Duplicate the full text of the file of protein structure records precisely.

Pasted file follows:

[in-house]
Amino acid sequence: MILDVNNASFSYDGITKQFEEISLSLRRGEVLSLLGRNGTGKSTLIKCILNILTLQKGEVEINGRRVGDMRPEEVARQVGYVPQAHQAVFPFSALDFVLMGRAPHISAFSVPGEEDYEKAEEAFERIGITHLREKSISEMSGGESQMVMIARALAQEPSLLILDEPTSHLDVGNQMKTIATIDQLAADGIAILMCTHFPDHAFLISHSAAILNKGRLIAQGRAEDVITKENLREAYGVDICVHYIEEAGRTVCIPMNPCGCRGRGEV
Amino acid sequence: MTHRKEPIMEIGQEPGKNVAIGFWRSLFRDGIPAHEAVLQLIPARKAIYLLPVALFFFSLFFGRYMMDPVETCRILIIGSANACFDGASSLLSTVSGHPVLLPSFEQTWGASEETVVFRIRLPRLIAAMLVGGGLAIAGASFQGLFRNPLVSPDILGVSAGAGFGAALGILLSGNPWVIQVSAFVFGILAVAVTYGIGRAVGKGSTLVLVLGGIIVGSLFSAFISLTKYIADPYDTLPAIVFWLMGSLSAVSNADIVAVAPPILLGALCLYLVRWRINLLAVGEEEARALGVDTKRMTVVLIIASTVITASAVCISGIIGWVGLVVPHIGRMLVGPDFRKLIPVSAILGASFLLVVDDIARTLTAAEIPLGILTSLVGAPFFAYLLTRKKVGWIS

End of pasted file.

[in-house]
Amino acid sequence: MILDVNNASFSYDGITKQFEEISLSLRRGEVLSLLGRNGTGKSTLIKCILNILTLQKGEVEINGRRVGDMRPEEVARQVGYVPQAHQAVFPFSALDFVLMGRAPHISAFSVPGEEDYEKAEEAFERIGITHLREKSISEMSGGESQMVMIARALAQEPSLLILDEPTSHLDVGNQMKTIATIDQLAADGIAILMCTHFPDHAFLISHSAAILNKGRLIAQGRAEDVITKENLREAYGVDICVHYIEEAGRTVCIPMNPCGCRGRGEV
Amino acid sequence: MTHRKEPIMEIGQEPGKNVAIGFWRSLFRDGIPAHEAVLQLIPARKAIYLLPVALFFFSLFFGRYMMDPVETCRILIIGSANACFDGASSLLSTVSGHPVLLPSFEQTWGASEETVVFRIRLPRLIAAMLVGGGLAIAGASFQGLFRNPLVSPDILGVSAGAGFGAALGILLSGNPWVIQVSAFVFGILAVAVTYGIGRAVGKGSTLVLVLGGIIVGSLFSAFISLTKYIADPYDTLPAIVFWLMGSLSAVSNADIVAVAPPILLGALCLYLVRWRINLLAVGEEEARALGVDTKRMTVVLIIASTVITASAVCISGIIGWVGLVVPHIGRMLVGPDFRKLIPVSAILGASFLLVVDDIARTLTAAEIPLGILTSLVGAPFFAYLLTRKKVGWIS